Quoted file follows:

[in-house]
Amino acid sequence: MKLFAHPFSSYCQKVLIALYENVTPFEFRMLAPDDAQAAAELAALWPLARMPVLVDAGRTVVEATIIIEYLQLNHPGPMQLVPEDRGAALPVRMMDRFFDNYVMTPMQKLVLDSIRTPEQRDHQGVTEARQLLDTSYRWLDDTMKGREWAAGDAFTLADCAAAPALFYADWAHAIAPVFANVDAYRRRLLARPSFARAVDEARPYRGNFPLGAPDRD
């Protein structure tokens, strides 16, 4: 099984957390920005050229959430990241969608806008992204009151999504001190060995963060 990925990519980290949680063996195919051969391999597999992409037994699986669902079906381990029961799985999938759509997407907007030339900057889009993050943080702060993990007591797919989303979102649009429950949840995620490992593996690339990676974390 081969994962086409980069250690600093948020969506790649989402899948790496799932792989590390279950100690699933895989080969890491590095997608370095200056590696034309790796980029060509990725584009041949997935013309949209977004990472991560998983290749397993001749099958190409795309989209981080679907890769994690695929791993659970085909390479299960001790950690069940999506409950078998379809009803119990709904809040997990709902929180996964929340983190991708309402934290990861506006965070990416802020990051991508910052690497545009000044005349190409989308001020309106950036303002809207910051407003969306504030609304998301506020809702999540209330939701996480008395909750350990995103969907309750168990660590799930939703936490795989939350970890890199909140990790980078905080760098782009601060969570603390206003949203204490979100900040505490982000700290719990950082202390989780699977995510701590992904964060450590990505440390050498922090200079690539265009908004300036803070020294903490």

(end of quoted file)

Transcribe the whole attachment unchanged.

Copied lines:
[in-house]
Amino acid sequence: MKLFAHPFSSYCQKVLIALYENVTPFEFRMLAPDDAQAAAELAALWPLARMPVLVDAGRTVVEATIIIEYLQLNHPGPMQLVPEDRGAALPVRMMDRFFDNYVMTPMQKLVLDSIRTPEQRDHQGVTEARQLLDTSYRWLDDTMKGREWAAGDAFTLADCAAAPALFYADWAHAIAPVFANVDAYRRRLLARPSFARAVDEARPYRGNFPLGAPDRD
């Protein structure tokens, strides 16, 4: 099984957390920005050229959430990241969608806008992204009151999504001190060995963060 990925990519980290949680063996195919051969391999597999992409037994699986669902079906381990029961799985999938759509997407907007030339900057889009993050943080702060993990007591797919989303979102649009429950949840995620490992593996690339990676974390 081969994962086409980069250690600093948020969506790649989402899948790496799932792989590390279950100690699933895989080969890491590095997608370095200056590696034309790796980029060509990725584009041949997935013309949209977004990472991560998983290749397993001749099958190409795309989209981080679907890769994690695929791993659970085909390479299960001790950690069940999506409950078998379809009803119990709904809040997990709902929180996964929340983190991708309402934290990861506006965070990416802020990051991508910052690497545009000044005349190409989308001020309106950036303002809207910051407003969306504030609304998301506020809702999540209330939701996480008395909750350990995103969907309750168990660590799930939703936490795989939350970890890199909140990790980078905080760098782009601060969570603390206003949203204490979100900040505490982000700290719990950082202390989780699977995510701590992904964060450590990505440390050498922090200079690539265009908004300036803070020294903490």